On 21.03.2018 00:03, Taiidan(a)gmx.com wrote:
On 03/20/2018 06:14 PM, Nico Huber wrote:
patches need to be added stat
You obviously have no idea what you are talking
What makes you say that?
You. You seem to rate the convenience to have a binary in the blobs
repository higher than possible redistribution issues.
Though, we might have a simple misunderstanding here. I now realized
that you were trying to cherry-pick that commit into a different re-
pository. This thread is about a change to the blobs repository which
is independent of the coreboot source repository and has different
Anyway, I wasn't telling not to fix it, I was just offended by the way
you want to fix it and your arrogance. You can mitigate Spectre in many
ways. These microcode updates are just part of one way. And putting
them into coreboot is just one way to apply them. And having them in
the blobs repository is just for convenience. Yet, you claimed the lat-
ter must happen.
who has the right to submit to the blobs repository has commented yet on
newer microcode updates or was asked personally if this is acceptable.
You might have noticed that microcode updates are not public domain but
Almost every linux distro redistributes them without issue and intel is
suppository a coreboot contributor (to which I have been reminded of
The files are explicitly distributed by Intel for Linux distributors, we
are not a Linux distributor. And, FWIW, Intel hasn't ever contributed to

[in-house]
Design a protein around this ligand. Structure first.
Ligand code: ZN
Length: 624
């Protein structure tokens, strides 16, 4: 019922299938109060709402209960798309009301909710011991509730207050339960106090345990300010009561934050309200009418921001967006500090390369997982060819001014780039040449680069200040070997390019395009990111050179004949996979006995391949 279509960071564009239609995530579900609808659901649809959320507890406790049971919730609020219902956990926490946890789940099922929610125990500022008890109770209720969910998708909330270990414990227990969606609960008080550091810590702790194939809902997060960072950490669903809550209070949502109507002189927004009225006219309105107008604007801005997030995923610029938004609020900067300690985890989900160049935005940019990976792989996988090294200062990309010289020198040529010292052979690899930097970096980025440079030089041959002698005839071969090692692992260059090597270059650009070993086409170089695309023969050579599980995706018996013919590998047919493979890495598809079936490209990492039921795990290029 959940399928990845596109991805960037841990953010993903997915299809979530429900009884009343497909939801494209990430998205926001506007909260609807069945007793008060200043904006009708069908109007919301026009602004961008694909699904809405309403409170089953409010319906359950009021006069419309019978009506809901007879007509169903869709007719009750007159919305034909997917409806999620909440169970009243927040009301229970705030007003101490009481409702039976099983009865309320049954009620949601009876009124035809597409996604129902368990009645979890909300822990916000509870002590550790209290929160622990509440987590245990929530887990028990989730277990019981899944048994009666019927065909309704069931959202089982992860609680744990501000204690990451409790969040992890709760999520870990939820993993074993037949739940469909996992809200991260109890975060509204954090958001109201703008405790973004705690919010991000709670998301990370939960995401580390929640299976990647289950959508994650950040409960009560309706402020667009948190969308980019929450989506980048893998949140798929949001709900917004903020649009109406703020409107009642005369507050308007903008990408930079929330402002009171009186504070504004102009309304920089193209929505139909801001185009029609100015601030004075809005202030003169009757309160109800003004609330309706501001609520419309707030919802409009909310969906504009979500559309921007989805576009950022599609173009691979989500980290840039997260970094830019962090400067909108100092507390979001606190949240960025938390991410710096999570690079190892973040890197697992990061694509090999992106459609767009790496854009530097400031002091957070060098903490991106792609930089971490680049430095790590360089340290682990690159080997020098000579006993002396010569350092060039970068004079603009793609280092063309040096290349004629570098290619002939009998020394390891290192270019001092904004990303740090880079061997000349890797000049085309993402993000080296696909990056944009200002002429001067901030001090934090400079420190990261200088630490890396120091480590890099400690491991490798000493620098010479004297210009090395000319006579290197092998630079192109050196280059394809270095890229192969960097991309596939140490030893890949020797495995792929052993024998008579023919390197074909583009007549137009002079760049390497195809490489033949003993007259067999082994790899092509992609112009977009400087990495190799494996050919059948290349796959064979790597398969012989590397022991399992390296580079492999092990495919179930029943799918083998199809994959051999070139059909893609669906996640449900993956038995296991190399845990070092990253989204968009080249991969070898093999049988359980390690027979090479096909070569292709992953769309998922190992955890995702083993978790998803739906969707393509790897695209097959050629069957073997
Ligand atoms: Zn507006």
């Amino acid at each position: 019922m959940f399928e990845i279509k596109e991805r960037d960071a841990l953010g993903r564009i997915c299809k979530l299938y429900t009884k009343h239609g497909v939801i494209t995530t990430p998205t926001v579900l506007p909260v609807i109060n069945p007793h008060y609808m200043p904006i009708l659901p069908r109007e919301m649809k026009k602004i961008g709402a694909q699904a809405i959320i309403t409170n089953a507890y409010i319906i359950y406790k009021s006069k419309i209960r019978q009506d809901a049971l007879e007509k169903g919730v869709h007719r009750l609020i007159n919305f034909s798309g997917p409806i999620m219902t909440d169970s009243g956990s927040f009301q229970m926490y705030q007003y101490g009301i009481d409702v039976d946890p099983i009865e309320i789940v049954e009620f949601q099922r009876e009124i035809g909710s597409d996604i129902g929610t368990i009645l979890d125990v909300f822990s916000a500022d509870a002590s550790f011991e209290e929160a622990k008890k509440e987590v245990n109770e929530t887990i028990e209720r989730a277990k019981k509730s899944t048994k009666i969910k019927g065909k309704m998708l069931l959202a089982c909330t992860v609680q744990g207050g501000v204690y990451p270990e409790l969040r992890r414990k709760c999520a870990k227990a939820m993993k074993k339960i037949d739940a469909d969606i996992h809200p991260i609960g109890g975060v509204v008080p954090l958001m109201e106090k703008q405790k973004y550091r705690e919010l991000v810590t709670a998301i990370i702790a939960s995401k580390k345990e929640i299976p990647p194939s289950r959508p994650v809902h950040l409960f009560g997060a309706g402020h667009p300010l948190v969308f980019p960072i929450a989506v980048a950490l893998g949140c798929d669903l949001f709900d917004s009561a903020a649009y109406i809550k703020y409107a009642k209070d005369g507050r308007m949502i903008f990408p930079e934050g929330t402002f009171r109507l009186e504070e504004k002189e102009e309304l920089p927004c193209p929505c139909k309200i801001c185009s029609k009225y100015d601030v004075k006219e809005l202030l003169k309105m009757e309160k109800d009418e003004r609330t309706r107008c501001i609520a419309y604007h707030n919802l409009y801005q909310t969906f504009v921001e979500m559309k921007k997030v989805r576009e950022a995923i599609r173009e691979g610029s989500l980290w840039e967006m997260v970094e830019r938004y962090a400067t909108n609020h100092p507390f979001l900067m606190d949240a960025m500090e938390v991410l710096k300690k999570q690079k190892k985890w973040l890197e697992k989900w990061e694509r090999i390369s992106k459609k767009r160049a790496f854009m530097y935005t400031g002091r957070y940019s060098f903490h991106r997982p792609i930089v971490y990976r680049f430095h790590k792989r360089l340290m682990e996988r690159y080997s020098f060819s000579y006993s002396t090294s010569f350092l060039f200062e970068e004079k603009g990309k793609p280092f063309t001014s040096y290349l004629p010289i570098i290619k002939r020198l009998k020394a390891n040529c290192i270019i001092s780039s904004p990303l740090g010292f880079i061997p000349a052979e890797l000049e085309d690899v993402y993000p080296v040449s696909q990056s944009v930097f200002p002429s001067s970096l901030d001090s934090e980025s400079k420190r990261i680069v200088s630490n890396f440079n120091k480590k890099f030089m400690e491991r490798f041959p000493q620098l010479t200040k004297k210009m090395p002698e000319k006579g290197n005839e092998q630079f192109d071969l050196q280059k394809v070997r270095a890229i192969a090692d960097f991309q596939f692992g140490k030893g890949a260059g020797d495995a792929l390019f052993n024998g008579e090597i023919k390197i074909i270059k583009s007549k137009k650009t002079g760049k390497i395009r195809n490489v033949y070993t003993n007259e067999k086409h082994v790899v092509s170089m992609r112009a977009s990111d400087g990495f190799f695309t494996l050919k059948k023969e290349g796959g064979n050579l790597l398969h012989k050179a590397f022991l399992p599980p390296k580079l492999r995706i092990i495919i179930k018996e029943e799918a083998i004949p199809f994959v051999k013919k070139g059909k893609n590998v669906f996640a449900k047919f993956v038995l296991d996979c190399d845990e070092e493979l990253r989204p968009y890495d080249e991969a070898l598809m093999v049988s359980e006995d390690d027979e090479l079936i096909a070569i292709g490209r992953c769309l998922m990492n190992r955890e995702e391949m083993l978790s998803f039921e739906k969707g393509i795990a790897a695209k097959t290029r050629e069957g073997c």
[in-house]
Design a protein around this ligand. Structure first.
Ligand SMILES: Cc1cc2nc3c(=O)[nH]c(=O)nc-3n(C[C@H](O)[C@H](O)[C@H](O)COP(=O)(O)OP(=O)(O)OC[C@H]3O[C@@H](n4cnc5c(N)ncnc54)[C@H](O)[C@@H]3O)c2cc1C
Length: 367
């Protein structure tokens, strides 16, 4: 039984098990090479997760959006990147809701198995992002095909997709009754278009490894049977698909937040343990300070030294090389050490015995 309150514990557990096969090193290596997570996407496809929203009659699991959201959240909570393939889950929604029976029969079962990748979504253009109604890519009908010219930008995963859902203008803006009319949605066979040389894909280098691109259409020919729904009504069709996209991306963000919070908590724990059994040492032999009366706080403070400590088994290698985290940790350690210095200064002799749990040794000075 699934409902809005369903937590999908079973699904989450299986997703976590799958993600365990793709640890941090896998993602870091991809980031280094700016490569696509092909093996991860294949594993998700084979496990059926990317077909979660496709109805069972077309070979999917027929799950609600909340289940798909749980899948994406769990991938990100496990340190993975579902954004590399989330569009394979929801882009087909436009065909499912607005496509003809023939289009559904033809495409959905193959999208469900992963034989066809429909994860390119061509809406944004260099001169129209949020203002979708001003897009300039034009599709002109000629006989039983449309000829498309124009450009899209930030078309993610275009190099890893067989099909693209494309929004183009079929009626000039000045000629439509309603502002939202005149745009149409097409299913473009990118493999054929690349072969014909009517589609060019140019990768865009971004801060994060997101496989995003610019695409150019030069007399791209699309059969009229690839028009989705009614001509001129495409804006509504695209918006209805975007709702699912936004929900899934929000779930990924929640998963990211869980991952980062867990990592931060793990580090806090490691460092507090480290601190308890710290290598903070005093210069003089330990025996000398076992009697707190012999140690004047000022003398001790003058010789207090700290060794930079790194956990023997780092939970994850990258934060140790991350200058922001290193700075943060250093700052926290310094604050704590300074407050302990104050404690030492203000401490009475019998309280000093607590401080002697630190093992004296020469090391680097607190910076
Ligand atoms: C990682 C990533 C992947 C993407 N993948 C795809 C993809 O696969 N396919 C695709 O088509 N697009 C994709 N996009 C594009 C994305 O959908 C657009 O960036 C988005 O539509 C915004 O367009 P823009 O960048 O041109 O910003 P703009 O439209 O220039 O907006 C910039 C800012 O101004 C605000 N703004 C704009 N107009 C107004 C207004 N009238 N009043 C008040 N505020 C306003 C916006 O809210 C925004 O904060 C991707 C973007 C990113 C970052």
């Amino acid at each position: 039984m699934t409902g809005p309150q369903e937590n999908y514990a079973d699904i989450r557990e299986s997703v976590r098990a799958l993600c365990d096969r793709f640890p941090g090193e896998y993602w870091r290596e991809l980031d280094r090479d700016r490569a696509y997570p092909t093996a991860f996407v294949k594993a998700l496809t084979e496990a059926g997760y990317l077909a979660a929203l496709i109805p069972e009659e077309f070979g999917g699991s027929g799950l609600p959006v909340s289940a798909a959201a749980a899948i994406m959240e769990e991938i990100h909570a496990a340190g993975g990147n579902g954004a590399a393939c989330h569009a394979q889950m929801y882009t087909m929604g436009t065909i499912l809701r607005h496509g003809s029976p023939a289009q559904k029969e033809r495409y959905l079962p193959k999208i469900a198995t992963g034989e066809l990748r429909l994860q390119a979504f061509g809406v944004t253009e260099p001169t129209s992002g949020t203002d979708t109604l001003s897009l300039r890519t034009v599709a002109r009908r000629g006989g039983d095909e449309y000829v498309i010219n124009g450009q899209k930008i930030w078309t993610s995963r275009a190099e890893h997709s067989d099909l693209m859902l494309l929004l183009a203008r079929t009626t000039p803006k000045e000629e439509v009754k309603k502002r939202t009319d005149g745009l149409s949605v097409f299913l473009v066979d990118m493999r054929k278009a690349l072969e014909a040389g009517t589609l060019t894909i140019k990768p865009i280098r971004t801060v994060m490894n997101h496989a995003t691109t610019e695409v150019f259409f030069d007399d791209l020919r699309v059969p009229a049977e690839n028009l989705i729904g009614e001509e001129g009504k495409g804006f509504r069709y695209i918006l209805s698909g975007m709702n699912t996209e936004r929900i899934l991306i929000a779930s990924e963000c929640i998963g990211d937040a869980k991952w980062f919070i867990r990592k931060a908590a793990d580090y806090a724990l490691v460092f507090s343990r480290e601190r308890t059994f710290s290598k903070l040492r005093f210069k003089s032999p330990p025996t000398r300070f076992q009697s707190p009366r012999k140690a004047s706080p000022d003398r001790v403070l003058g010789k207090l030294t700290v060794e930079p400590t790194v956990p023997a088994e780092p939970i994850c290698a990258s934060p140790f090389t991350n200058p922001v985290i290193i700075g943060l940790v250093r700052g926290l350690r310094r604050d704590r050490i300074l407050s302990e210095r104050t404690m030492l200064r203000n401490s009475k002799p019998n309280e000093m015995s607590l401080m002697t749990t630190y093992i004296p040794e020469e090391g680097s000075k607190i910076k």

our blobs repository.
I don't see as to how that is something that
can't be worked around by
asking people to download it themselves from a browser or making a shell
script that imports intel's EULA and asks the user to agree to it before
downloading it when they compile coreboot.
You are already free to add any microcode update to coreboot you want.
And we kind of ask people by prompting during coreboot configuration.
Not every license is an EULA btw.
Other microcode updates are included coreboot so are a variety of ME
images and other binary blobs from intel so I fail to see the
Yep, but they were submitted a long time ago. And that stopped at some
point. I don't know yet if due to licensing issues or just because it's
more convenient for Google to maintain their own, hidden blobs repo.
- the stakes are too high for this to take months.
You still didn't get what Spectre is about, did you?
It's just one of many side-channel attacks
that are possible when you
run untrusted code on your machine.
The whole point of a VM is that you are able
to run untrusted code with
some decent level of isolation and spectre ruins this.
So does Rowhammer, any caching related side-channel attacks, hyper-
threading related side-channel attacks, I don't know maybe more. These
attacks exist and are possible, some may be more complicated than
Spectre but most of all: They are not as popular as Spectre.
What other exploits exist which can easily read data
from a VM's host?
Sorry, easily? Even a Spectre attack isn't that easy. It depends a lot
on the code around your VM (no matter the microcode updates in ques-
tion). You can make it secure against Spectre even without these micro-
If you were a sysadmin for a large company would you
tell them to not
bother applying the spectre mitigations? should their users use umatrix
instead and that anyone who accidentally enables a site with encryption
you will step on a mine no matter how careful you are.
Good analogy, you are right. No matter how careful you are, you may get
powned at some point. But what you suggest doesn't seem much better,
trigger all mines you can spot all day with a gas mask on that only
protects you against one kind of mines that hasn't been spotted yet in